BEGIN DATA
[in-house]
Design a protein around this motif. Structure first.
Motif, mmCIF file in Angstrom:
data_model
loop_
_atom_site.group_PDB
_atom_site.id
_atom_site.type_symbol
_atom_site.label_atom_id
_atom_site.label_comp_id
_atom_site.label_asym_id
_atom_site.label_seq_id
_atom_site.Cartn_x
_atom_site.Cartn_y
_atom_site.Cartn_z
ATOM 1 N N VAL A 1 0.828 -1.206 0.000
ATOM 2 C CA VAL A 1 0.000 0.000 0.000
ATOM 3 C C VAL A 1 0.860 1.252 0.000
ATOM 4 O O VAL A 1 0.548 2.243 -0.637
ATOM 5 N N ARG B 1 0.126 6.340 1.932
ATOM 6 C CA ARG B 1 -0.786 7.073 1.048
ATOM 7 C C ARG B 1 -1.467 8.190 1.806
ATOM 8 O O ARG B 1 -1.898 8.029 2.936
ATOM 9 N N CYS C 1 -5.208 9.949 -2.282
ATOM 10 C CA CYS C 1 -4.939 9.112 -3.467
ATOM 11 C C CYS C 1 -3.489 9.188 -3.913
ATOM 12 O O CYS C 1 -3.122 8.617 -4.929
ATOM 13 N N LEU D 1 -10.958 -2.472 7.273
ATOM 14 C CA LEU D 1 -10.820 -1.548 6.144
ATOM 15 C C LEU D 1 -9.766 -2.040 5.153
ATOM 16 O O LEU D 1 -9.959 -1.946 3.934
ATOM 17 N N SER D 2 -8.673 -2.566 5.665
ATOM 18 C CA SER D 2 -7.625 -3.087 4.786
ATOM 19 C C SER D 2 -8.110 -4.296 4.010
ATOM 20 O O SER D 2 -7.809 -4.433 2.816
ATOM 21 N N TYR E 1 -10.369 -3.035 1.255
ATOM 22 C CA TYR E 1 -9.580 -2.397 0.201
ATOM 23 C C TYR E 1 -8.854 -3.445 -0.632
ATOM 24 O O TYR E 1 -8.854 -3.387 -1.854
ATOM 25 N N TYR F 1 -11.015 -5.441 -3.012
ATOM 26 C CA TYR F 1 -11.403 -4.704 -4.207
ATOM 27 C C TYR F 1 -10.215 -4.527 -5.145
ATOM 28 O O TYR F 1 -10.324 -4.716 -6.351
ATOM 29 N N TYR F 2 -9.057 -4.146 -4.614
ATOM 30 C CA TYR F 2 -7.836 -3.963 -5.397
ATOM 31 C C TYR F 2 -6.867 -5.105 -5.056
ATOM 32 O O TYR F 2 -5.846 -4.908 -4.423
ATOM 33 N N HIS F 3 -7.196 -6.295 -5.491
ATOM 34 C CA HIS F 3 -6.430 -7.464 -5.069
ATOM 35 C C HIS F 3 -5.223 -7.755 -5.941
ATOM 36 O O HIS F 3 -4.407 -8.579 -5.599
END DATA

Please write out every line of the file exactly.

[in-house]
Design a protein around this motif. Structure first.
Motif, mmCIF file in Angstrom:
data_model
loop_
_atom_site.group_PDB
_atom_site.id
_atom_site.type_symbol
_atom_site.label_atom_id
_atom_site.label_comp_id
_atom_site.label_asym_id
_atom_site.label_seq_id
_atom_site.Cartn_x
_atom_site.Cartn_y
_atom_site.Cartn_z
ATOM 1 N N VAL A 1 0.828 -1.206 0.000
ATOM 2 C CA VAL A 1 0.000 0.000 0.000
ATOM 3 C C VAL A 1 0.860 1.252 0.000
ATOM 4 O O VAL A 1 0.548 2.243 -0.637
ATOM 5 N N ARG B 1 0.126 6.340 1.932
ATOM 6 C CA ARG B 1 -0.786 7.073 1.048
ATOM 7 C C ARG B 1 -1.467 8.190 1.806
ATOM 8 O O ARG B 1 -1.898 8.029 2.936
ATOM 9 N N CYS C 1 -5.208 9.949 -2.282
ATOM 10 C CA CYS C 1 -4.939 9.112 -3.467
ATOM 11 C C CYS C 1 -3.489 9.188 -3.913
ATOM 12 O O CYS C 1 -3.122 8.617 -4.929
ATOM 13 N N LEU D 1 -10.958 -2.472 7.273
ATOM 14 C CA LEU D 1 -10.820 -1.548 6.144
ATOM 15 C C LEU D 1 -9.766 -2.040 5.153
ATOM 16 O O LEU D 1 -9.959 -1.946 3.934
ATOM 17 N N SER D 2 -8.673 -2.566 5.665
ATOM 18 C CA SER D 2 -7.625 -3.087 4.786
ATOM 19 C C SER D 2 -8.110 -4.296 4.010
ATOM 20 O O SER D 2 -7.809 -4.433 2.816
ATOM 21 N N TYR E 1 -10.369 -3.035 1.255
ATOM 22 C CA TYR E 1 -9.580 -2.397 0.201
ATOM 23 C C TYR E 1 -8.854 -3.445 -0.632
ATOM 24 O O TYR E 1 -8.854 -3.387 -1.854
ATOM 25 N N TYR F 1 -11.015 -5.441 -3.012
ATOM 26 C CA TYR F 1 -11.403 -4.704 -4.207
ATOM 27 C C TYR F 1 -10.215 -4.527 -5.145
ATOM 28 O O TYR F 1 -10.324 -4.716 -6.351
ATOM 29 N N TYR F 2 -9.057 -4.146 -4.614
ATOM 30 C CA TYR F 2 -7.836 -3.963 -5.397
ATOM 31 C C TYR F 2 -6.867 -5.105 -5.056
ATOM 32 O O TYR F 2 -5.846 -4.908 -4.423
ATOM 33 N N HIS F 3 -7.196 -6.295 -5.491
ATOM 34 C CA HIS F 3 -6.430 -7.464 -5.069
ATOM 35 C C HIS F 3 -5.223 -7.755 -5.941
ATOM 36 O O HIS F 3 -4.407 -8.579 -5.599